There was something frightening about the aspect of old friends, old lovers, who had, mysteriously, come to nothing. It argued the presence of some cancer which had been operating in them, invisibly, all along and which might, now, be operating in oneself. Many people had vanished, of course, had returned to the havens from which they had fled. But many others were still visible, had turned into lushes or junkies or had embarked on a nerve-rattling pursuit of the perfect psychiatrist; were vindicatively married and progenitive and fat; were dreaming the same dreams they had dreamed ten years before, clothed these in the same arguments, quoted the same masters; and dispensed, as they hideously imagined, the same charm they had possessed before their teeth began to fall. They were more hostile now than they had been, this was the loud, inescapable change in their tone and the only vitality left in their eyes.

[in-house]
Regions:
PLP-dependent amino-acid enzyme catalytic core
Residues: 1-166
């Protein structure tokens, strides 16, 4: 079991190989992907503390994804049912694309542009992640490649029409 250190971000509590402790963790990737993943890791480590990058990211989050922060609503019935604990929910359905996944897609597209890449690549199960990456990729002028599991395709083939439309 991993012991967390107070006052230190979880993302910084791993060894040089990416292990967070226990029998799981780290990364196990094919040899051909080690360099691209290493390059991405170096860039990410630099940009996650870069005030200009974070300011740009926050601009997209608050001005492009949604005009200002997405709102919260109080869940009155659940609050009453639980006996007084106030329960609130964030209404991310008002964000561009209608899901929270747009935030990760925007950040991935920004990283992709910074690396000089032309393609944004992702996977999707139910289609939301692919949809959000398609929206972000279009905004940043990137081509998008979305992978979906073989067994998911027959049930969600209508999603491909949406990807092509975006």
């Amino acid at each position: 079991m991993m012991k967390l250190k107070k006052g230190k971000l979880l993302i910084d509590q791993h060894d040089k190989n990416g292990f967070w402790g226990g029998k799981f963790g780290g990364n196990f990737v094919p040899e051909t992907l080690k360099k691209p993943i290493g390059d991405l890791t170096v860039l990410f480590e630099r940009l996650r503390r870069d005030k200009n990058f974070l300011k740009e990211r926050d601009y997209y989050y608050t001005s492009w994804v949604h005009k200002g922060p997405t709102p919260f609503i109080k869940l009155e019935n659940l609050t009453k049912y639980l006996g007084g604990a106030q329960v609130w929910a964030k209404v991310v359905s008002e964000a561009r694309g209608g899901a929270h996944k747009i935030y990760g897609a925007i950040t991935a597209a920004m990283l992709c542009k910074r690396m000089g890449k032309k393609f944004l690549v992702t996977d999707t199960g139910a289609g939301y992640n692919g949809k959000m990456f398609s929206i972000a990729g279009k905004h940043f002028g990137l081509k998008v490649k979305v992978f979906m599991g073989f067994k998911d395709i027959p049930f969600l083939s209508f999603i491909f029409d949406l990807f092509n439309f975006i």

(James Baldwin, Another Country, p. 35)